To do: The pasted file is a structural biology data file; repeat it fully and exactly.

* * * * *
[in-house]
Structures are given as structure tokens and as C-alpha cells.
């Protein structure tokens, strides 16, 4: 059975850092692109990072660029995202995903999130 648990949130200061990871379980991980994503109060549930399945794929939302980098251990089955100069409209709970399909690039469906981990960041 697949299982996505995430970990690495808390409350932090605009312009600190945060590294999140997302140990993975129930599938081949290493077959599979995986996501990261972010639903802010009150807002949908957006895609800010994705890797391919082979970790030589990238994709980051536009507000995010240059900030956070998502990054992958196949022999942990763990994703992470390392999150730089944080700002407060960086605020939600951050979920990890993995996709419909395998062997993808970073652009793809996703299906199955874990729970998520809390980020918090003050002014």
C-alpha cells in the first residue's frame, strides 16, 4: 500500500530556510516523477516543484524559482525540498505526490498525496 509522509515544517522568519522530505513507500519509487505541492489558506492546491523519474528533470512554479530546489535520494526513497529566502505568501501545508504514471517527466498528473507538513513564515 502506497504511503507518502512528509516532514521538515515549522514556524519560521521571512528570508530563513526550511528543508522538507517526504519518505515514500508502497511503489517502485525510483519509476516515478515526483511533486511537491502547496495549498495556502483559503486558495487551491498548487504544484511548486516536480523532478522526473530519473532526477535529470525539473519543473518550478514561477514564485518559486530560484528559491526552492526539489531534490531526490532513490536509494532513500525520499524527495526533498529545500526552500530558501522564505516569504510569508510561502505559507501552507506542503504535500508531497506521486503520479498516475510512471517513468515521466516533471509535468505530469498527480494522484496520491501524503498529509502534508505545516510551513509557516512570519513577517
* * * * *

[in-house]
Structures are given as structure tokens and as C-alpha cells.
């Protein structure tokens, strides 16, 4: 059975850092692109990072660029995202995903999130 648990949130200061990871379980991980994503109060549930399945794929939302980098251990089955100069409209709970399909690039469906981990960041 697949299982996505995430970990690495808390409350932090605009312009600190945060590294999140997302140990993975129930599938081949290493077959599979995986996501990261972010639903802010009150807002949908957006895609800010994705890797391919082979970790030589990238994709980051536009507000995010240059900030956070998502990054992958196949022999942990763990994703992470390392999150730089944080700002407060960086605020939600951050979920990890993995996709419909395998062997993808970073652009793809996703299906199955874990729970998520809390980020918090003050002014």
C-alpha cells in the first residue's frame, strides 16, 4: 500500500530556510516523477516543484524559482525540498505526490498525496 509522509515544517522568519522530505513507500519509487505541492489558506492546491523519474528533470512554479530546489535520494526513497529566502505568501501545508504514471517527466498528473507538513513564515 502506497504511503507518502512528509516532514521538515515549522514556524519560521521571512528570508530563513526550511528543508522538507517526504519518505515514500508502497511503489517502485525510483519509476516515478515526483511533486511537491502547496495549498495556502483559503486558495487551491498548487504544484511548486516536480523532478522526473530519473532526477535529470525539473519543473518550478514561477514564485518559486530560484528559491526552492526539489531534490531526490532513490536509494532513500525520499524527495526533498529545500526552500530558501522564505516569504510569508510561502505559507501552507506542503504535500508531497506521486503520479498516475510512471517513468515521466516533471509535468505530469498527480494522484496520491501524503498529509502534508505545516510551513509557516512570519513577517